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Technical Discussions
Dilip Maniar
Dilip Maniar
03:38 Jan-30-1999
In-situ Chemical Composition and Physical Properties

Sir/Madam,

This posting is regarding nondestructive testing techniques available for in-situ material evaluation. I will briefly describe the problem we are facing. It will be of great use to us if you can suggest some direction to look for.

I am a graduate student at The University of Texas at Austin. I am working on a research project related to historic metal bridges. The bridge that I am working on as a case study was constructed in 1885. We don't have any details about the metal used in the construction of that bridge. We are looking at some of the nondestructive testing techniques to evaluate the mechanical properties and the chemical composition of the metal used. Generally we take out a piece of metal from a bridge and carry out destructive tests in the laboratory to know everything about it. In my case study, the structural analysis shows that all the bridge members are optimized and we can not take out any piece of metal from the bridge for material evaluation. Our main objective is to know chemical composition, mechanical properties and elastic properties of the metal used.

We will highly appreciate your help in to the matter.

Dilip Maniar

Graduate Research Assistant
UT Austin Structural Engineering
FSEL: 512-471-5783
Home: 512-478-9275
maniard@mail.utexas.edu



    
 
 
Wieslaw Bicz
Wieslaw Bicz
05:17 Jan-30-1999
Re: In-situ Chemical Composition and Physical Properties
: Sir/Madam,

: This posting is regarding nondestructive testing techniques available for in-situ material evaluation. I will briefly describe the problem we are facing. It will be of great use to us if you can suggest some direction to look for.

: I am a graduate student at The University of Texas at Austin. I am working on a research project related to historic metal bridges. The bridge that I am working on as a case study was constructed in 1885. We don't have any details about the metal used in the construction of that bridge. We are looking at some of the nondestructive testing techniques to evaluate the mechanical properties and the chemical composition of the metal used. Generally we take out a piece of metal from a bridge and carry out destructive tests in the laboratory to know everything about it. In my case study, the structural analysis shows that all the bridge members are optimized and we can not take out any piece of metal from the bridge for material evaluation. Our main objective is to know chemical composition, mechanical properties and elastic properties of the metal used.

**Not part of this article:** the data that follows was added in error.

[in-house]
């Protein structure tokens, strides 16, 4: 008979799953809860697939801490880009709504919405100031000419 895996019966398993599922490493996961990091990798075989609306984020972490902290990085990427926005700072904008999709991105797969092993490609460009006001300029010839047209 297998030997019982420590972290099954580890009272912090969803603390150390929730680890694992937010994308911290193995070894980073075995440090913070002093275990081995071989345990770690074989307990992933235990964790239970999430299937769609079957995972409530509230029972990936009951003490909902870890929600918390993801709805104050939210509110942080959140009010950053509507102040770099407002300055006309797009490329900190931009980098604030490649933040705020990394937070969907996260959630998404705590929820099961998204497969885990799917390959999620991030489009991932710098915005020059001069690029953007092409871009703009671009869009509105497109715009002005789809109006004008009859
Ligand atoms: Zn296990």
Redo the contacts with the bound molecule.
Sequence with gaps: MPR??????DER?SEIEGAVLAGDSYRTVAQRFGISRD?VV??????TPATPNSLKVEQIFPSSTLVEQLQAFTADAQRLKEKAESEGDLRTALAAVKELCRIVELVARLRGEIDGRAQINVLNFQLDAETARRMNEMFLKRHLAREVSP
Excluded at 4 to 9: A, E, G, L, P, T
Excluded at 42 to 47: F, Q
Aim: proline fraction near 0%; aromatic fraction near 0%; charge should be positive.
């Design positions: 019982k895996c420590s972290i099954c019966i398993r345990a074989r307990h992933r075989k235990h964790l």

: We will highly appreciate your help in to the matter.

: Dilip Maniar

: Graduate Research Assistant
: UT Austin Structural Engineering
: FSEL: 512-471-5783
: Home: 512-478-9275
: maniard@mail.utexas.edu

It is possible to test almost all mechanical properties with ultrasonic waves (Lame constants, Young module, Poisson constant, density and more) with ultrasound.
I can imagine, it could be possible to do it on your bridge, but you need some preparations and tools.
We are making such measuremenst, but only with a pieces of material, not on the bridge, but I dont think, it is a real problem.

Wieslaw Bicz
Optel sp. z o.o.



    
 
 
Kåre johansson
Kåre johansson
08:34 Feb-01-1999
Re: In-situ Chemical Composition and Physical Properties
:There are mobile spectroscopes which may be used for the chemical analysis. Considering the age of your bridges you will probably need a arc or spark system rather than one based on XRF. The ability to analyse for carbon is important.

I don't know what equipment is available in Texas, but I have used more or less mobile equipment from Baird and Spectro and know some of these are able to analyse for carbon. As both supplies lab equipment you could check with your spectroscope technicians
regarding any local offices.
Good luck.


    
 
 
NDT
NDT
00:52 Jul-19-2001
Re: In-situ Chemical Composition and Physical Properties

: :There are mobile spectroscopes which may be used for the chemical analysis. Considering the age of your bridges you will probably need an arc or spark system rather than one based on XRF. The ability to analyse for carbon is important.

: Actually one of the best vendors in NDT with an XRF & OES Systemsis available in Texas, Thermo MeasureTech (formerly TN Technologies. Their OES systems are the Arc Pro & Spark Pro (spark requires the use of argon, but is the most accurate) They can be reached at 800-736-0801, ask for Margo Myers. I have used more or less mobile equipment from Baird and Spectro and know some of these are able to analyse for carbon, but it is my understanding that Thermo MeasureTech has the superior technology at a competetive price. Since they supply lab equipment you could check with your spectroscope technicians
: regarding any local offices.
: Good luck.




    
 
 

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